This pattern happened over and again. Even the surge in 2007, led by Gen. David Petraeus, was a half measure that prevented an embarrassing collapse, but the Shiite and Sunni militants continue to exist to this day, taking on different iterations throughout the years. From the outset, Saddam’s removal placed Iraq on a political path to being dominated by Iran. Over the past 20 years, through all the suffering and instability, this remains true. The Iraq War was a case study on a superpower declining and Bible prophecy being fulfilled.
The Real Victor of the Iraq War
In 2019, the U.S. Army released an extensive study on the lessons from the Iraq War. Its conclusion: “[A]n emboldened and expansionist Iran appears to be the only victor.” This is the same conclusion the Trumpet predicted in 2002, over 20 years ago!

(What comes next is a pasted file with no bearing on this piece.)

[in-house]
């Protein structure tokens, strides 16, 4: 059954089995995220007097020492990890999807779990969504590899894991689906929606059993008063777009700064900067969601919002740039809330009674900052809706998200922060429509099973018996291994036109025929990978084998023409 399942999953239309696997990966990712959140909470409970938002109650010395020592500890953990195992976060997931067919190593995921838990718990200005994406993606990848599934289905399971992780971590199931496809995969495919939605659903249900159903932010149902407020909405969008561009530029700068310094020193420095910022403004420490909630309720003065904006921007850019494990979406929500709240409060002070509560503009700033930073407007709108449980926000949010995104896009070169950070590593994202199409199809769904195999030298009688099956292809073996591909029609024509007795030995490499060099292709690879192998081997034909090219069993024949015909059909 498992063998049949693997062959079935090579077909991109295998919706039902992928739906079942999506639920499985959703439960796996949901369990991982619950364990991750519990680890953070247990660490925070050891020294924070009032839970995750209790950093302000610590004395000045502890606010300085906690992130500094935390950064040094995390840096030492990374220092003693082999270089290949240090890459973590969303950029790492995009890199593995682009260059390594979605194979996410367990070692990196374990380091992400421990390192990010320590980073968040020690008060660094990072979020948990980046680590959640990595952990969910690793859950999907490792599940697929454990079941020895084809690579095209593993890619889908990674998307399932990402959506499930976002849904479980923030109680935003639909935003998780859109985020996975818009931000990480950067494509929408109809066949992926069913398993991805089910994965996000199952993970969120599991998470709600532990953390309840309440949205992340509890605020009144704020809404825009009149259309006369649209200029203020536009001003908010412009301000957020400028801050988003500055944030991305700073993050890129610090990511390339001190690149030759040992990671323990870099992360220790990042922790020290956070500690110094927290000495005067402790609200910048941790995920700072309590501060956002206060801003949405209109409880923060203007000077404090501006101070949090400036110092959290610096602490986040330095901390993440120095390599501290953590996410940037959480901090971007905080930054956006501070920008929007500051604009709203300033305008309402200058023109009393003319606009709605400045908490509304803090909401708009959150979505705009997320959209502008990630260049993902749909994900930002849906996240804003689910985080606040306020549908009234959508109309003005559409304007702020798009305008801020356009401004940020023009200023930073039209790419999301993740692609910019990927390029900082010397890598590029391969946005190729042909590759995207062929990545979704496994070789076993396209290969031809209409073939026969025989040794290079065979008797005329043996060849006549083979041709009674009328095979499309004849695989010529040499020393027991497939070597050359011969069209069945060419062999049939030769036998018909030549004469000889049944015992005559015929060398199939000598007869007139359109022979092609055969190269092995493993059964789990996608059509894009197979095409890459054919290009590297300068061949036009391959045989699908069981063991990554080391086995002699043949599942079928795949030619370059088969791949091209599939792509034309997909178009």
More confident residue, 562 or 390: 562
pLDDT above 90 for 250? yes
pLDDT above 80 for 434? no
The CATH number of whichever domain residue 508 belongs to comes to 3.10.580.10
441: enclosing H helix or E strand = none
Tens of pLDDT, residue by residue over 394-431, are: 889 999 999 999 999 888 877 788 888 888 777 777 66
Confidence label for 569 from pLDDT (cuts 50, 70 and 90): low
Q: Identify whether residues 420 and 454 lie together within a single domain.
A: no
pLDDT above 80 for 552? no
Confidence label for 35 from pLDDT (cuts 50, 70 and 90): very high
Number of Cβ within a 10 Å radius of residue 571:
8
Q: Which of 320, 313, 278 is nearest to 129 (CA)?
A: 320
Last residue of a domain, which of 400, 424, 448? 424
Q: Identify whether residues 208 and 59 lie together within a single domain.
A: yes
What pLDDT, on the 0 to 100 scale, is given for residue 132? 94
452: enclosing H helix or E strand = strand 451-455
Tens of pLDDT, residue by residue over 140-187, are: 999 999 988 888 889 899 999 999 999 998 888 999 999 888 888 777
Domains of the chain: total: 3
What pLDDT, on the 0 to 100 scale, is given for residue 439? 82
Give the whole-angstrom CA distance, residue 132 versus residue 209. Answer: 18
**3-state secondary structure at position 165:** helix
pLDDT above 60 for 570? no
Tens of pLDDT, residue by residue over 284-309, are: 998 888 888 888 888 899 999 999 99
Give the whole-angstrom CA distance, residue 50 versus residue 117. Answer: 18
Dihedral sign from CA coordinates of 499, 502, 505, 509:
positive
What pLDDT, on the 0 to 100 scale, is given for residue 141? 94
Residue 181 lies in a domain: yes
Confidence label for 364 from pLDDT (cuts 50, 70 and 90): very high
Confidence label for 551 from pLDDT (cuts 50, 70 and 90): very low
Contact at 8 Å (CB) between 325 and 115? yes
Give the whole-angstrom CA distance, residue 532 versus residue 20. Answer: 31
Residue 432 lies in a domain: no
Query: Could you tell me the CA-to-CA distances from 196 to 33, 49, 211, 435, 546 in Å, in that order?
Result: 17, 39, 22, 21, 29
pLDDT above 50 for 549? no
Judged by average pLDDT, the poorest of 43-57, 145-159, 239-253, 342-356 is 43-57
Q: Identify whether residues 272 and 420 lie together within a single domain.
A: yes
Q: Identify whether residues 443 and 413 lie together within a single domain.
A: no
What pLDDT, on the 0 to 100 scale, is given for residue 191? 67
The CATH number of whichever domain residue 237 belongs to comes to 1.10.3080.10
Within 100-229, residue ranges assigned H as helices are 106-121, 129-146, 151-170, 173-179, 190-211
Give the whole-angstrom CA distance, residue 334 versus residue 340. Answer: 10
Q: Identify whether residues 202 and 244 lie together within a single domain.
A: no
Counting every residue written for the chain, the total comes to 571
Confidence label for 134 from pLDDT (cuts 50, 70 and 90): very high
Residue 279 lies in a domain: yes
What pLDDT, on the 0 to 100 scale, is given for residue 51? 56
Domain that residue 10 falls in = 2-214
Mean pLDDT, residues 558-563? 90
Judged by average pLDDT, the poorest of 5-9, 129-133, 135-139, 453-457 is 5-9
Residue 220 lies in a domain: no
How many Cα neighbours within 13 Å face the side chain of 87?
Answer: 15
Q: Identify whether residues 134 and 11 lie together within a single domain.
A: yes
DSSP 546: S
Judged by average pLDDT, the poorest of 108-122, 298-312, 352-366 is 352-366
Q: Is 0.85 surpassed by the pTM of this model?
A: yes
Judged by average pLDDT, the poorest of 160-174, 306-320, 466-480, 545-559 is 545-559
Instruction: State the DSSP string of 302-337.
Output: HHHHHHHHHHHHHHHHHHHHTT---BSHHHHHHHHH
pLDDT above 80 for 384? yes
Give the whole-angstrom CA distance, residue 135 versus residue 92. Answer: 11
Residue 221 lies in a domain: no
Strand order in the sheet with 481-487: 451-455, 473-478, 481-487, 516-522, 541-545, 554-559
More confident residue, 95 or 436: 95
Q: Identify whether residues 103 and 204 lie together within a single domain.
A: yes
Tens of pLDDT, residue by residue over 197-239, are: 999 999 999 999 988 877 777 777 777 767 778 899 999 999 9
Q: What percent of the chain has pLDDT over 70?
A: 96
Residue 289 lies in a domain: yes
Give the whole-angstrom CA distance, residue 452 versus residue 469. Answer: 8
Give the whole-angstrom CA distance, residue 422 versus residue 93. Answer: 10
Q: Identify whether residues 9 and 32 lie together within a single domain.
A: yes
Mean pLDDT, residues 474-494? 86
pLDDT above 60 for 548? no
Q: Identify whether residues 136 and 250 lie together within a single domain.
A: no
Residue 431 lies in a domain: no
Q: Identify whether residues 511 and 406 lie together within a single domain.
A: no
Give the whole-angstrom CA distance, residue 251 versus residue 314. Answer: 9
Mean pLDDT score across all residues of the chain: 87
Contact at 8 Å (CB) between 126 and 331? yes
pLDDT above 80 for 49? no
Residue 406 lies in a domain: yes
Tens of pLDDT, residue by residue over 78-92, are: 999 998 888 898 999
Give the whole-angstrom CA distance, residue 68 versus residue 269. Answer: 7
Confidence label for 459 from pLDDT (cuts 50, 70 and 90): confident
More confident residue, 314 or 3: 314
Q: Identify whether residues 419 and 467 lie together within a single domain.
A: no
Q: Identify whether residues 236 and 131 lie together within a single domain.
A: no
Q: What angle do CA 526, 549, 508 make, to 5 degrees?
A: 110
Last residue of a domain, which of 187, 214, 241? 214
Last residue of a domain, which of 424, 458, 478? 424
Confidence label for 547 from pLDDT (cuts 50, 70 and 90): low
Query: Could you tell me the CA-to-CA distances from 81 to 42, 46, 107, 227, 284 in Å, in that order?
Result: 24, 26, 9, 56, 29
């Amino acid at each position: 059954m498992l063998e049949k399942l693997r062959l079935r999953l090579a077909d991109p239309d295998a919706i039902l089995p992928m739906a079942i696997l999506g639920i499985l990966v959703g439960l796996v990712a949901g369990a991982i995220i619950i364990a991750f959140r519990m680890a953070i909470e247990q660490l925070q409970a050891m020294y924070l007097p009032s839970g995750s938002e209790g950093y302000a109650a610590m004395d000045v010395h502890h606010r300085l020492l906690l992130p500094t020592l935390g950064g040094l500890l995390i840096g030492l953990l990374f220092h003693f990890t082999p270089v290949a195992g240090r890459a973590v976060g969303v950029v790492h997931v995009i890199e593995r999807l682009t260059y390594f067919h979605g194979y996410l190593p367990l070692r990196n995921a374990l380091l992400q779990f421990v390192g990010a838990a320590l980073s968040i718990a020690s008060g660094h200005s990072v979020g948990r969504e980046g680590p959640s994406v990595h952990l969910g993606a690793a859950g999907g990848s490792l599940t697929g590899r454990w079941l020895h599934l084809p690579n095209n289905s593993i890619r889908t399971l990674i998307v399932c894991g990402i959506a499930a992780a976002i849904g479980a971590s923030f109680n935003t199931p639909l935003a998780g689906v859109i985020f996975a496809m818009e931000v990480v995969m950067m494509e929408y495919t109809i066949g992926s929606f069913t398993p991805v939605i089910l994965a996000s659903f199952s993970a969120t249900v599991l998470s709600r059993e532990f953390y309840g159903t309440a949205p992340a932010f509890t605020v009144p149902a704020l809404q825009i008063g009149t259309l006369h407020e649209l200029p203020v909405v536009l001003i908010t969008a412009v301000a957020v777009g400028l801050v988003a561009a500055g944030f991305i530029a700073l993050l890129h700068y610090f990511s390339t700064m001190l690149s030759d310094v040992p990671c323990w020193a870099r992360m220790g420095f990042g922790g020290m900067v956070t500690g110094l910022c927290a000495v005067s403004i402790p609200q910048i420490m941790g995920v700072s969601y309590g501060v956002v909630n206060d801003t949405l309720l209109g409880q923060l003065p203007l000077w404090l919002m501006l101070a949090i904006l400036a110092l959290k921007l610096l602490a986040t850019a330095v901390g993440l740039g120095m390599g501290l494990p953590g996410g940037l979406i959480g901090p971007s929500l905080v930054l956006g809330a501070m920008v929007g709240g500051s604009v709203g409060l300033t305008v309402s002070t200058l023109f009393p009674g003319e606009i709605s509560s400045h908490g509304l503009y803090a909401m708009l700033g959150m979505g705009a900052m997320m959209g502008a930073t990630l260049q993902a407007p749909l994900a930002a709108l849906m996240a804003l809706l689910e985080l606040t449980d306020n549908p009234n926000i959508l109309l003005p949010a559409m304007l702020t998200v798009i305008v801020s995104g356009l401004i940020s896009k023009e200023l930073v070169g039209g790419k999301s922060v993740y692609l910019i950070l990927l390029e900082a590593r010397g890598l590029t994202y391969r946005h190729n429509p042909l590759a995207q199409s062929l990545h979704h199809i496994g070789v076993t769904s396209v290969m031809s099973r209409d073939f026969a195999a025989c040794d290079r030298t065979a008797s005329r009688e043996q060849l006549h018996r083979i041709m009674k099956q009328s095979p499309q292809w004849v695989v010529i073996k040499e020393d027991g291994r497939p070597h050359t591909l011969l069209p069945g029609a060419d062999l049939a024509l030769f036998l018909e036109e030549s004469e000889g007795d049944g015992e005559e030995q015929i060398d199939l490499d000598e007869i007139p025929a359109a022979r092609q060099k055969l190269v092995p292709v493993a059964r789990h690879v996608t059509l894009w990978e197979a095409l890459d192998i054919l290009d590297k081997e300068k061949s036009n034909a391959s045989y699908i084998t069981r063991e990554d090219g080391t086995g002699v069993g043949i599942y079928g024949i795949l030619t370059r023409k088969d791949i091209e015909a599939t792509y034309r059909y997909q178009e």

This 20-year anniversary is not a pleasant one. The war affected the world in a profound way. Yet its prophetic legacy is the most important. The Iraq War fulfilled Bible prophecies, both of America’s decline as a superpower and Iran’s rise as the king of the south. Iran’s belligerent rise is directly connected to the events that trigger the return of Jesus Christ. This is vital history and prophecy you need to know.
To help explain all of this is more detail, Mr. Flurry has just updated and expanded his booklet The King of the South. He has been right about Iran since 1994. Read this book to learn about more Bible prophecy soon to be fulfilled.